Go back to England in 1800. The atmosphere was stifling. Sex was taboo. Homosexuality was a sin. In Britain buggery was a capital crime until 1861. Between 1800 and 1835, 50 men were actually hanged for sodomy.

There was a strong antipathy towards homosexuality and homosexuals were not only publicly ridiculed but actually pilloried. “Pilloried” ordinarily means public ridicule. It could also mean “torn apart.” That is what they actually did. This is what the mobs wanted.

James writes of London streetwalkers in 1810 who vigorously threw stones at a group of homosexuals. The mob was even more incensed when they came to know that some of the accused were coal heavers, butchers and blacksmiths.

These were “manly” occupations and such “men” could not possibly be allowed to indulge in such vile acts against the order of nature. It was unthinkable. Some felt that these degenerate practices came into British society from the notorious Turks. The mob would shout, “Hang them in chains. Pillory them. Hang the dogs.”

And so what did such people do? They were hounded in England and had to escape from there. They decided to come to India where life was much more easy. It was easiest in the Army. The officers had a field day. And then India had so many diversions.

We are not known for our variety for nothing. Of particular attraction were the eunuchs though one critic condemned them as “carrying on very extensive and abominable trade of unnatural prostitution.”

From James’ book one gets the impression that the Army had quite a few British officers who merrily indulged themselves over helpless subordinates. But it was not always so easy. Sometimes they got into trouble as did one Lieutenant Colonel Edward Smythe of Fifth Madras Cavalry who made a pass at one Muhammad Lal who turned violent and tried to murder him.

Those were the days when India was the permissive society and England was a place in which only the upper lip could be described as being stiff. Things have turned full circle. Even Oscar Wilde is now likely to be reinstated but in our country the right of persons to live their lives privately and on their own terms may take quite some time to achieve recognition.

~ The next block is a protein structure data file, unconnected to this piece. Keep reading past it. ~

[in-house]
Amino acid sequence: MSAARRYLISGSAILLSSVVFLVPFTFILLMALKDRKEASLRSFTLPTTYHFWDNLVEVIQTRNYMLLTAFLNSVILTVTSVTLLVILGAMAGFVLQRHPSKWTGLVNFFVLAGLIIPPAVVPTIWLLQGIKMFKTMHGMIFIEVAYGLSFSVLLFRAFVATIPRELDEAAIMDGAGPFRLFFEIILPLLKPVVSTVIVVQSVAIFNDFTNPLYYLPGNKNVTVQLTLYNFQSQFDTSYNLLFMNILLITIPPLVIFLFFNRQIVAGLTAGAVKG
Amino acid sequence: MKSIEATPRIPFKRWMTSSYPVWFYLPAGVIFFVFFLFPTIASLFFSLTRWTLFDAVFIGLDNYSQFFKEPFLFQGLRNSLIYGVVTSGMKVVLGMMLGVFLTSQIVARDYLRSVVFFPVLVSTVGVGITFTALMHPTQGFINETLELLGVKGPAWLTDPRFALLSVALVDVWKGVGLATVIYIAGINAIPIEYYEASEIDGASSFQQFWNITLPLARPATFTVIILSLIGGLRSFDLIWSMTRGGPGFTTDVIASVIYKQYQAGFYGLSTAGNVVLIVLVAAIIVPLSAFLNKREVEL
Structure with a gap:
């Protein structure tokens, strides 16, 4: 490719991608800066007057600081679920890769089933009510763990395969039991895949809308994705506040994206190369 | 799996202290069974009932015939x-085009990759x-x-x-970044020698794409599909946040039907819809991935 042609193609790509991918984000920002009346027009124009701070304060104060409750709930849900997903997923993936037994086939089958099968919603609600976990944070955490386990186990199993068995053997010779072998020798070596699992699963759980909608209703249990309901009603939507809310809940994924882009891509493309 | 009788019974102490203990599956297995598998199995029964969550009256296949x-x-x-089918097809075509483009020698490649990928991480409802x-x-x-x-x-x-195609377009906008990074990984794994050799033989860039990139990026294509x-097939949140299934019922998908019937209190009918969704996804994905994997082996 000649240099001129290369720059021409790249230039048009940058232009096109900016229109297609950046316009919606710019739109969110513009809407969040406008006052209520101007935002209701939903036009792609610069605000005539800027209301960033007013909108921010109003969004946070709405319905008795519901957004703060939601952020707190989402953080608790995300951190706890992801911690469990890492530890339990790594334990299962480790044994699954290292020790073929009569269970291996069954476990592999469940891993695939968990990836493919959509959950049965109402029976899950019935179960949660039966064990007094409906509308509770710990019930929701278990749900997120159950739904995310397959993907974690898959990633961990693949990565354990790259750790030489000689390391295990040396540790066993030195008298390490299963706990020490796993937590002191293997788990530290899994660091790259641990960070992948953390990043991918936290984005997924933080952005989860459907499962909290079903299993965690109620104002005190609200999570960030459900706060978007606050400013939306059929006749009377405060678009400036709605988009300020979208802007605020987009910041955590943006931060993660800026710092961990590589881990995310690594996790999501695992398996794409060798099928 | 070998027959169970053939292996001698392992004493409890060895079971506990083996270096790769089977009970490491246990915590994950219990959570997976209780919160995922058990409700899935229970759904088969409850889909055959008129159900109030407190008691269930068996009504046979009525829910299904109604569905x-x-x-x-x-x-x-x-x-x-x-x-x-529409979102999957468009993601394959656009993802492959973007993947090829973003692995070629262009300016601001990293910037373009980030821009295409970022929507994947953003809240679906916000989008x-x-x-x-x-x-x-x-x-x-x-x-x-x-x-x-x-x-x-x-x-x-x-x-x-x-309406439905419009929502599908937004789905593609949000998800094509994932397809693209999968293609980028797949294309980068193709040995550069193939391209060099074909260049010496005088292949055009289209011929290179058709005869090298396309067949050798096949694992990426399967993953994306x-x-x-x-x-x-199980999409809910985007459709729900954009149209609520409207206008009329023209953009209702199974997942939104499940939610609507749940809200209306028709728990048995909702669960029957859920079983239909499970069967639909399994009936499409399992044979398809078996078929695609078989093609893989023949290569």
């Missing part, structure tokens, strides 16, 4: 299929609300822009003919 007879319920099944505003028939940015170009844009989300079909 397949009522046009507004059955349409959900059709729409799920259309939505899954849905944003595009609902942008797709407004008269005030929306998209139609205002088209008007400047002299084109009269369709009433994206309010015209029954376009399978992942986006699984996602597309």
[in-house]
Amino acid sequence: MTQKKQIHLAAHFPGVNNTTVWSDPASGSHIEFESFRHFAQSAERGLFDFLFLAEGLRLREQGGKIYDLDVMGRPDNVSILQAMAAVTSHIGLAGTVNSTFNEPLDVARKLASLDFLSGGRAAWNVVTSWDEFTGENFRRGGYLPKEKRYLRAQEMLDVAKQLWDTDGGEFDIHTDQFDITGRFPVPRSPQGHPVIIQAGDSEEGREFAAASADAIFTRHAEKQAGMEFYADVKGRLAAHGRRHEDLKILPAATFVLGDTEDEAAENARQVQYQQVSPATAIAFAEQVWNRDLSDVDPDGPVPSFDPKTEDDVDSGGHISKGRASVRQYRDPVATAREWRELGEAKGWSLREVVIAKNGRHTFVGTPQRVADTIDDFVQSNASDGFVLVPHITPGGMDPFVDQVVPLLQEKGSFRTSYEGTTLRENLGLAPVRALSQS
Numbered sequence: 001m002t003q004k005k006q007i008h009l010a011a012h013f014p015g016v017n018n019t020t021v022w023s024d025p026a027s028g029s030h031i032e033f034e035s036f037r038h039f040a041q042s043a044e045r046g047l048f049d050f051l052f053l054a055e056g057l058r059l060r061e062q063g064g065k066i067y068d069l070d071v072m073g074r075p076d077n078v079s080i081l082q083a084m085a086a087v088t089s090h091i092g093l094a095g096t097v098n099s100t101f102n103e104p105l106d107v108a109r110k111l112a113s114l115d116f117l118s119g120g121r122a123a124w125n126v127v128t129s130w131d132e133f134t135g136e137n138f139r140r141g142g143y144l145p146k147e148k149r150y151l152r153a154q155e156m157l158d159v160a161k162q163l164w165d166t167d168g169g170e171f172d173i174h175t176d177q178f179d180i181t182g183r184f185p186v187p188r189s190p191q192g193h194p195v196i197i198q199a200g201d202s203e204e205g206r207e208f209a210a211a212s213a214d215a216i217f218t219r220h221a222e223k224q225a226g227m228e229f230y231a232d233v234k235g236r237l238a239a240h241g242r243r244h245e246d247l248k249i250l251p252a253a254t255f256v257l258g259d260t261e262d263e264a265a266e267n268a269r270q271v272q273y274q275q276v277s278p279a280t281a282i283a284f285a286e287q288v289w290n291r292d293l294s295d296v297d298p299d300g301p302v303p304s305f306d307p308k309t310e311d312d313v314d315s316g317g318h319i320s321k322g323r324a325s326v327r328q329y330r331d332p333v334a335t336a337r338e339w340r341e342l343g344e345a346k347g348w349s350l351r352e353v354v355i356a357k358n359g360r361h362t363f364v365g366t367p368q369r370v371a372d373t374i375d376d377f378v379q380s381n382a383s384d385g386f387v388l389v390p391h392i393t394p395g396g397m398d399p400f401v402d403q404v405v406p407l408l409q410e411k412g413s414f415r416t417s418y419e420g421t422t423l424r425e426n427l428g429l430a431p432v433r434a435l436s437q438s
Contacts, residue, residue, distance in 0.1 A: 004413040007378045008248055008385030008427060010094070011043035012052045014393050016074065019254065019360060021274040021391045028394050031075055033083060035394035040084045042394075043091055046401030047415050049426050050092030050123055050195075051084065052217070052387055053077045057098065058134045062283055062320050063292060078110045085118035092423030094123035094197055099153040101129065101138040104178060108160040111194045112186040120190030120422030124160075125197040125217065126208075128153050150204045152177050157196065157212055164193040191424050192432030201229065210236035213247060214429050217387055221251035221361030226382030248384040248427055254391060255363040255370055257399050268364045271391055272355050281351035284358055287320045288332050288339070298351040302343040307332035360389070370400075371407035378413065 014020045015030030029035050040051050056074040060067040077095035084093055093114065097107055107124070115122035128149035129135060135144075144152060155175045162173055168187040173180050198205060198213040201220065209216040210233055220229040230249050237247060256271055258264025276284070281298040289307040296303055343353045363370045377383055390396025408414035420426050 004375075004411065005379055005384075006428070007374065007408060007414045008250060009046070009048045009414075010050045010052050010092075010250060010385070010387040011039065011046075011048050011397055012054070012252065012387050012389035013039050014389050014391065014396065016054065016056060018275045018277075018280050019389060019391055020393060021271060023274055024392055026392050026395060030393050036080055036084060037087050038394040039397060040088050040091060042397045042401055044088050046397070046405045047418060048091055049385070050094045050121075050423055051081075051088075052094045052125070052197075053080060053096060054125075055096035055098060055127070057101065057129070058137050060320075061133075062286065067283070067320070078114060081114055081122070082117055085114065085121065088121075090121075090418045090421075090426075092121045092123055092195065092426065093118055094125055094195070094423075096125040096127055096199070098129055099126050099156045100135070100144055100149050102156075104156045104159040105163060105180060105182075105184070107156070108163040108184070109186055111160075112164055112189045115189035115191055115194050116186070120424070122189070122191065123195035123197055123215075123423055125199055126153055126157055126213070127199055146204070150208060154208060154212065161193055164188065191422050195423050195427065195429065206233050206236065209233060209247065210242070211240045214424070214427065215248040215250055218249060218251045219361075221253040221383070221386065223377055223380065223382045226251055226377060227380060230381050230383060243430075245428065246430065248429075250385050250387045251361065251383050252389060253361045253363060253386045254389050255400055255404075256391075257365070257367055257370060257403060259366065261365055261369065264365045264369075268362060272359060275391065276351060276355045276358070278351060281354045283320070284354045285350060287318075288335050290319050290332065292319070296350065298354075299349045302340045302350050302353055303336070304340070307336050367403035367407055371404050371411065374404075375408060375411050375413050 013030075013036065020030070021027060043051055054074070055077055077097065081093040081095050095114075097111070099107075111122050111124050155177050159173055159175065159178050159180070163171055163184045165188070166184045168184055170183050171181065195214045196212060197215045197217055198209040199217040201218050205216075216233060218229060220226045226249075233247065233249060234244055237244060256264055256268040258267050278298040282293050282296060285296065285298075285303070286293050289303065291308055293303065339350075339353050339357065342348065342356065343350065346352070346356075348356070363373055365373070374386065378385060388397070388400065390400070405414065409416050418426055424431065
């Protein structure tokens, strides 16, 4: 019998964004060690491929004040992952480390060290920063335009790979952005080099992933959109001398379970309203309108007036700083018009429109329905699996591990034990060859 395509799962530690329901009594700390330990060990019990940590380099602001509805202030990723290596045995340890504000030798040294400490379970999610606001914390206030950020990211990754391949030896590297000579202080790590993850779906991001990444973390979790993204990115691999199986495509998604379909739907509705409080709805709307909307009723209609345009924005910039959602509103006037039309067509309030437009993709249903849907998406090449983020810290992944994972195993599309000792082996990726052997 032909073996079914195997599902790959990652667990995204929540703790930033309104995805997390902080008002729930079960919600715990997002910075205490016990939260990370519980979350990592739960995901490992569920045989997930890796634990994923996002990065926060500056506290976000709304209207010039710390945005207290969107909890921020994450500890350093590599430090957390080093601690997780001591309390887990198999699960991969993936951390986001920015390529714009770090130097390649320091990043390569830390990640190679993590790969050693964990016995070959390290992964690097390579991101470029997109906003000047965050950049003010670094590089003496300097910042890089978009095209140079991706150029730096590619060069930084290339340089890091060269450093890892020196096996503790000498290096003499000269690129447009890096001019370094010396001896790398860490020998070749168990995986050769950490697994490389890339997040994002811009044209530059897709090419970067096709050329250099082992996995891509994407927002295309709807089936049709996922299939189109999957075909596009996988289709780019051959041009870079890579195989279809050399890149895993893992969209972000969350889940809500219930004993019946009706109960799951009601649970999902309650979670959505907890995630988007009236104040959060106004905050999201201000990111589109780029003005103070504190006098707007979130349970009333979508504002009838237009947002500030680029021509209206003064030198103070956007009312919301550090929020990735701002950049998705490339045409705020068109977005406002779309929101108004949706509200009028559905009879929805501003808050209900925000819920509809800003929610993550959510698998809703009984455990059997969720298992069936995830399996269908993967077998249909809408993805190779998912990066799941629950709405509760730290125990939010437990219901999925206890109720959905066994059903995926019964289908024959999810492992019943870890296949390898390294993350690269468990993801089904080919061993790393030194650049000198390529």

There are several sections in the Indian Penal Code which are anachronistic in a changed world. Section 377 is a prime example. As a matter of fact, Section 377 as it stands, would have made what Clinton did to Monica Lewinsky or rather what Monica Lewinsky provided to Clinton, an offence.

I am being discreet, because after all, some things can only be dealt with orally and cannot be put down on paper! The crucial words are “against the order of nature.” The possibilities are immense and the imagination can well run riot.

Perhaps the way out is now to argue that nature and its various orders have themselves changed.In a lighter vein, I am rather intrigued that this section also covers animals. I wonder who the complainant would be, if the “victim” is an animal. This reminds me of an incident narrated by David Niven in his autobiography

The Moon is a Balloon. He relates how at one dinner he had sat next to a colonel of the British Indian Army who proudly boasted, with a straight face, that he had “******” women of all nationalities and all kinds of animals. I am sure Niven must have been envious of the first claim but I am not quite sure how he must have reacted to the second!